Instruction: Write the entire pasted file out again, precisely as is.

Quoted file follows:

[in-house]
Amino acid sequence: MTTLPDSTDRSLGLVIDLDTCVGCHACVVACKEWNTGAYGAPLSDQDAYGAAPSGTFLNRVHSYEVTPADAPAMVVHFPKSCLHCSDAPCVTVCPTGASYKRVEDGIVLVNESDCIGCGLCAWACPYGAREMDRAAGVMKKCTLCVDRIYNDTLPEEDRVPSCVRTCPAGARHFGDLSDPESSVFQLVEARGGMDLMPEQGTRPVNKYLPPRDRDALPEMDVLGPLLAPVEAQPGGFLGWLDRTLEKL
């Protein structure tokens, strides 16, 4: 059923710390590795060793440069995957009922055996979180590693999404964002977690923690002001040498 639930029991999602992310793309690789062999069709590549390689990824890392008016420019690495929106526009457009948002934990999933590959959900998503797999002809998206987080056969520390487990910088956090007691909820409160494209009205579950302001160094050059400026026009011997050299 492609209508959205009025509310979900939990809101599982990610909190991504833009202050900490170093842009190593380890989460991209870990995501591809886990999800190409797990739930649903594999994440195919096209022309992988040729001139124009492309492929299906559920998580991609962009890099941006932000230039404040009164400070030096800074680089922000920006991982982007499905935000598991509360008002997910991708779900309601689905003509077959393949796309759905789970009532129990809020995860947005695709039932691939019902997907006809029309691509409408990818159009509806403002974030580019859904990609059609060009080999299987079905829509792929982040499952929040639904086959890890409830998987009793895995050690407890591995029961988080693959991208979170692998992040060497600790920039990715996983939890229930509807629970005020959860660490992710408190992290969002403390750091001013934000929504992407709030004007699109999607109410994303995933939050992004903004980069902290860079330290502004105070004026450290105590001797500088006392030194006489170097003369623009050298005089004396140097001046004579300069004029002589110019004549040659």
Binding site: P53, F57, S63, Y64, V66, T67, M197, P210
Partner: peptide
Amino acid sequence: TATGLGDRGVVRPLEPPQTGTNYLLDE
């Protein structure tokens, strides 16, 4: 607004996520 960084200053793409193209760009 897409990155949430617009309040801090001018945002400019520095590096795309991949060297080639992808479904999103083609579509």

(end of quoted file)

[in-house]
Amino acid sequence: MTTLPDSTDRSLGLVIDLDTCVGCHACVVACKEWNTGAYGAPLSDQDAYGAAPSGTFLNRVHSYEVTPADAPAMVVHFPKSCLHCSDAPCVTVCPTGASYKRVEDGIVLVNESDCIGCGLCAWACPYGAREMDRAAGVMKKCTLCVDRIYNDTLPEEDRVPSCVRTCPAGARHFGDLSDPESSVFQLVEARGGMDLMPEQGTRPVNKYLPPRDRDALPEMDVLGPLLAPVEAQPGGFLGWLDRTLEKL
């Protein structure tokens, strides 16, 4: 059923710390590795060793440069995957009922055996979180590693999404964002977690923690002001040498 639930029991999602992310793309690789062999069709590549390689990824890392008016420019690495929106526009457009948002934990999933590959959900998503797999002809998206987080056969520390487990910088956090007691909820409160494209009205579950302001160094050059400026026009011997050299 492609209508959205009025509310979900939990809101599982990610909190991504833009202050900490170093842009190593380890989460991209870990995501591809886990999800190409797990739930649903594999994440195919096209022309992988040729001139124009492309492929299906559920998580991609962009890099941006932000230039404040009164400070030096800074680089922000920006991982982007499905935000598991509360008002997910991708779900309601689905003509077959393949796309759905789970009532129990809020995860947005695709039932691939019902997907006809029309691509409408990818159009509806403002974030580019859904990609059609060009080999299987079905829509792929982040499952929040639904086959890890409830998987009793895995050690407890591995029961988080693959991208979170692998992040060497600790920039990715996983939890229930509807629970005020959860660490992710408190992290969002403390750091001013934000929504992407709030004007699109999607109410994303995933939050992004903004980069902290860079330290502004105070004026450290105590001797500088006392030194006489170097003369623009050298005089004396140097001046004579300069004029002589110019004549040659």
Binding site: P53, F57, S63, Y64, V66, T67, M197, P210
Partner: peptide
Amino acid sequence: TATGLGDRGVVRPLEPPQTGTNYLLDE
């Protein structure tokens, strides 16, 4: 607004996520 960084200053793409193209760009 897409990155949430617009309040801090001018945002400019520095590096795309991949060297080639992808479904999103083609579509």